In fact, it was like an act of Congress to find anything good Рin English Рabout Willem van de Poll (1895 Р1970).  He studied photography in Vienna, and worked as a freelance press photographer throughout Europe, the Middle East, Indonesia and the Caribbean during his long career. His photographs depict life and products of the mid 20th century, with most shots being done in black and white.  Thankfully I did find a Wiki page about him in Dutch.

His style was sleak and timeless, while the lighting was often impeccable.

Evidenced above, van de Poll was able to portray a softer positive side of life in an unobtrusive way. ¬†I would almost call him a street photographer, because many of his photos – part of a veritable truckload – seem to have that “on-the-fly” feel of his contemporaries¬†Henri Cartier-Bresson¬†and¬†Vivian Maier; what set him apart from others of his time was a street photo style with polish, a dedication that discounted the notion that he simply leveled a camera and shot. ¬†While Cartier-Bresson and Maier are better known, and seemed to catch people at their most vulnerable moments, van de Poll seemed to catch them often at their most beautiful. ¬†His unplanned photos are as uplifting and have as much detail as the shots he set up.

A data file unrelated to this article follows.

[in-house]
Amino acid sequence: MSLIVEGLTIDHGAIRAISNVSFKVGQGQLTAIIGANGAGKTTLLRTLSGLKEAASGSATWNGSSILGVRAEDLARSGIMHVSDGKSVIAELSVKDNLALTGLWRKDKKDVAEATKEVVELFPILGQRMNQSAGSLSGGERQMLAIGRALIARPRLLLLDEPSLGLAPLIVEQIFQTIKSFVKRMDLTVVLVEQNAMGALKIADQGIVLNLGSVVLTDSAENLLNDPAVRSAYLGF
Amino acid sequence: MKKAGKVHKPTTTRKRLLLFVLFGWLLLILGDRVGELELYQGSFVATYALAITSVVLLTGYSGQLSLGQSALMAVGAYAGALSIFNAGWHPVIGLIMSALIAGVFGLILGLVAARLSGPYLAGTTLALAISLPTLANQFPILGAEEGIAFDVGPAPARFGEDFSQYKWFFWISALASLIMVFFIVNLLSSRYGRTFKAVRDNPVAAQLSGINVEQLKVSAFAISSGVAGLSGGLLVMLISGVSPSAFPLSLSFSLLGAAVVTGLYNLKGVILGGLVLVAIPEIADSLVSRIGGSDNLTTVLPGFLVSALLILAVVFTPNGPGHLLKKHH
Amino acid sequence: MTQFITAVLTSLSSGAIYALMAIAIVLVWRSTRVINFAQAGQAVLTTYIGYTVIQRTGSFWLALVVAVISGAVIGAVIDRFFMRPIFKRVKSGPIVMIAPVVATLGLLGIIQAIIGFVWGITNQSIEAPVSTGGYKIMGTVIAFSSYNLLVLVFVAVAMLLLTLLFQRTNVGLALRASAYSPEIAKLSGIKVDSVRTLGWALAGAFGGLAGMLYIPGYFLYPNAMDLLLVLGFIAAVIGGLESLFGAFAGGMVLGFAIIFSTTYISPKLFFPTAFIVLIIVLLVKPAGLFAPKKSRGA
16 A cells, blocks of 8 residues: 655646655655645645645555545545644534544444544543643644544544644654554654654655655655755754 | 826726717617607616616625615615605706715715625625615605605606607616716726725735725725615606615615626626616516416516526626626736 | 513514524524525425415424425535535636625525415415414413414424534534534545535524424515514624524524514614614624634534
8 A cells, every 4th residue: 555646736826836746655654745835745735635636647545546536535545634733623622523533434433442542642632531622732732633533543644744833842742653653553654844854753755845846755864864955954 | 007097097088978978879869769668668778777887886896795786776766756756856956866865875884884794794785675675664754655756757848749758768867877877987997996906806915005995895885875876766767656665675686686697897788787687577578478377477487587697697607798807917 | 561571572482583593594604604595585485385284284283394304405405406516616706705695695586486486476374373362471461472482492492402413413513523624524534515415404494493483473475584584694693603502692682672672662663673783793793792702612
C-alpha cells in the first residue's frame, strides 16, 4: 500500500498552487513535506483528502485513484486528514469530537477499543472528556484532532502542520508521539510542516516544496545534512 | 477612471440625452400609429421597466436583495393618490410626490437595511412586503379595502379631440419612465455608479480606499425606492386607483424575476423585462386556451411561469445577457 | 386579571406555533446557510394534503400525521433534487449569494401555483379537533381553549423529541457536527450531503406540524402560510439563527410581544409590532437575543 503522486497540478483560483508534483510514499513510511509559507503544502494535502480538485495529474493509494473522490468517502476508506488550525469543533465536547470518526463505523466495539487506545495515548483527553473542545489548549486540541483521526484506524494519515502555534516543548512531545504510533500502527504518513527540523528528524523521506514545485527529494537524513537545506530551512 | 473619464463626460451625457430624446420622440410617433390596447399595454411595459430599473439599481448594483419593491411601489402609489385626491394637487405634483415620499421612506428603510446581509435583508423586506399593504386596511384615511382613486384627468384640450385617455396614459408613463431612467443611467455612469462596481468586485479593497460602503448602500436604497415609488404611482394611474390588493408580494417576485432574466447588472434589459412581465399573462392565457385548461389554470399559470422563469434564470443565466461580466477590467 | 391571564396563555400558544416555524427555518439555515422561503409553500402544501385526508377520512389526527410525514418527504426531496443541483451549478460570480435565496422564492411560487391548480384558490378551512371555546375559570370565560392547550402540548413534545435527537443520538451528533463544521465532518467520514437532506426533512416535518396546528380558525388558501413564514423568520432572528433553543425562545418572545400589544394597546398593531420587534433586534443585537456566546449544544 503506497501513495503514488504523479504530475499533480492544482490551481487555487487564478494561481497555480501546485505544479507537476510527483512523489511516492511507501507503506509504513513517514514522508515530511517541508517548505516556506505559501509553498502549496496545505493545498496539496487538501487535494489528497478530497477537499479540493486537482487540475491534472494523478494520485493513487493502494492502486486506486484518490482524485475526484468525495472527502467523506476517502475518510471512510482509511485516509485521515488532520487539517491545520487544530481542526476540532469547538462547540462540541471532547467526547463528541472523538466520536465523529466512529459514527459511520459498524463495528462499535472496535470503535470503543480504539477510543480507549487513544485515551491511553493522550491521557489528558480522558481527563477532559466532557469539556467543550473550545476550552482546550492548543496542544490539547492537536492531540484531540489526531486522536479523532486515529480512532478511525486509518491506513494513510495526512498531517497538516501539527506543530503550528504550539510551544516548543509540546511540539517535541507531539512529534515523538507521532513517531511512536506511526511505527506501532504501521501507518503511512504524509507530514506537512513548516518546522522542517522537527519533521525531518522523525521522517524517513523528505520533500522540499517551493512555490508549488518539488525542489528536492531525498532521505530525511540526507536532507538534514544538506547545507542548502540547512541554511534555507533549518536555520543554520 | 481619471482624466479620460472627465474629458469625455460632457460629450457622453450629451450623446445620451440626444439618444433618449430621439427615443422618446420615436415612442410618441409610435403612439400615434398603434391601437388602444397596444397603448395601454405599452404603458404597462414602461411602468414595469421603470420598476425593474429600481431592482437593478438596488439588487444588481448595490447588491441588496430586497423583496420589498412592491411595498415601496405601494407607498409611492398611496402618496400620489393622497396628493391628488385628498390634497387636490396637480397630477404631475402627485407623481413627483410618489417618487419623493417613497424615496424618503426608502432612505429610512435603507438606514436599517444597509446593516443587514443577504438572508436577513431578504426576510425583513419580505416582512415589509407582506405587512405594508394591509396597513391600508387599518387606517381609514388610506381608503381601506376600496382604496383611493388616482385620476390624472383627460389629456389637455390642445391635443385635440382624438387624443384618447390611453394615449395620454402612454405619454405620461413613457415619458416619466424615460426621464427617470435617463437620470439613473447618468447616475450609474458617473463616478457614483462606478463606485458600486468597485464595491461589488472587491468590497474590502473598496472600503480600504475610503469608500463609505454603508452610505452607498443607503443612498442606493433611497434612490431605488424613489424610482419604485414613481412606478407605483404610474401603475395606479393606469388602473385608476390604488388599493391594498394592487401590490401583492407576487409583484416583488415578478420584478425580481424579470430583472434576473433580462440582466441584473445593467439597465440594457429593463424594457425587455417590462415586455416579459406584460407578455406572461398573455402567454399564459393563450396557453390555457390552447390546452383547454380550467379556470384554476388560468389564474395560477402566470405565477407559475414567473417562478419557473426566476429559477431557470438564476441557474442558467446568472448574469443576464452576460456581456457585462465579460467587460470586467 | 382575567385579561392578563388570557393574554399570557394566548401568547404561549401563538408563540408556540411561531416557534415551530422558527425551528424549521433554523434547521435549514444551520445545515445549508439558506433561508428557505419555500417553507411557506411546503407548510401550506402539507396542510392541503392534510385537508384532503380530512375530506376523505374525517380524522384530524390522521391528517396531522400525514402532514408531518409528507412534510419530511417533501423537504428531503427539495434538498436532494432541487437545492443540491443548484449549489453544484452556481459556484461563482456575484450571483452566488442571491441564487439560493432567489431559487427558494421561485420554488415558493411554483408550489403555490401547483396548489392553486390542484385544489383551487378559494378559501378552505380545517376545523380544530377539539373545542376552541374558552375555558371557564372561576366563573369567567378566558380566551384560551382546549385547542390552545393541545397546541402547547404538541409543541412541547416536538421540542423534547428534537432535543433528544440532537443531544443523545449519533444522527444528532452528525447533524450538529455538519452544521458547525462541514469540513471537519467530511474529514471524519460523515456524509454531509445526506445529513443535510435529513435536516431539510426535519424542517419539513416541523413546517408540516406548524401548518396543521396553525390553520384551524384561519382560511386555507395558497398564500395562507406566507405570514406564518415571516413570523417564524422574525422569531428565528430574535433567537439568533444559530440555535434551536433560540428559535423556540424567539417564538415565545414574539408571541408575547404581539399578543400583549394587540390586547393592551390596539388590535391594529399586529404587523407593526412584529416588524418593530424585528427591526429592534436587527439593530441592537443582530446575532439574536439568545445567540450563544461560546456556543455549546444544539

I am confused on why I’ve never heard of him until now.

Below you’ll find 30 reasons to love the photography of Willem van de Poll, representing the thousands of photos he took during his lifetime. ¬†By looking through them, I think you’ll discover – like I did – a great photographer and treasure from the era that should have more notoriety.

Fotograaf Van Haren aan boord van de ms. Nestor op weg naar Suriname

Strandganger

Egmund Jozef Treu, hoofdkapitein van Ganzee, 73 jaar

vrouwen, paardebloemen, Paardebloemen

Kussend bruidspaar

Model met bal / model with ball

Generaal Kruls en een vrouwelijke militair

Seinwachter bij de Lorelei aan de telefoon met andere seinposten langs de Rijn

Voorbijgangers kijken ge√Įnteresseerd in de etalage van een boekwinkel

kerstmis, pakjes, bloemen, grummes

Duiker Fischer met een andere duiker op een boot in de Fuikbaai

vrouwen, koffiedrinken

Een geschenk voor de koningin: een doos met servetten met de namen van het konin…

carnaval, kostuums, matrozen

flessen, slaolie, slabestek, Saladine

Eerste stuurman Hans en zijn verloofde Annie gearmd op het dek van de Damco 9

Publieke schrijvers zitten met een typemachine achter een tafel op het trottoir …

glas, glazen, sinaasappels, citroenen, persen

Reiziger met bagage en een levensgrote speelgoedpop op de kade voor een schip

herenkleding, overhemden, dassen, kostuums, polo bagatelle

De kinderen van gouverneur Struycken met hun moeder in een auto bij de ontvangst…

modellen, hoeden, eliane richer

Arbeider op de kade in de haven

Vaticaanstad, basiliek St. Pieter. Hoogaltaar naar het ontwerp van Bernini met b…

bevolking, schippers, boten, Bokma, P.

Prinses Beatrix, prinses Irene en prins Bernhard kijken naar voorbij varende sch…

modellen, hoeden, De Decker, Toque, P.

Vader met kind op de arm  op de plek waar het gezin hun huis zal gaan bouwen. De…

De Franse generaal de Lattre de Tassigny

De prinsessen Irene en Margriet kijken uit een openstaand raam van het zomerhuis…

——————

About Willem van de Poll¬†(in Dutch) –¬†http://nl.wikipedia.org/wiki/Willem_van_de_Poll
Photos in Dutch National Archive – At Gahetna.nl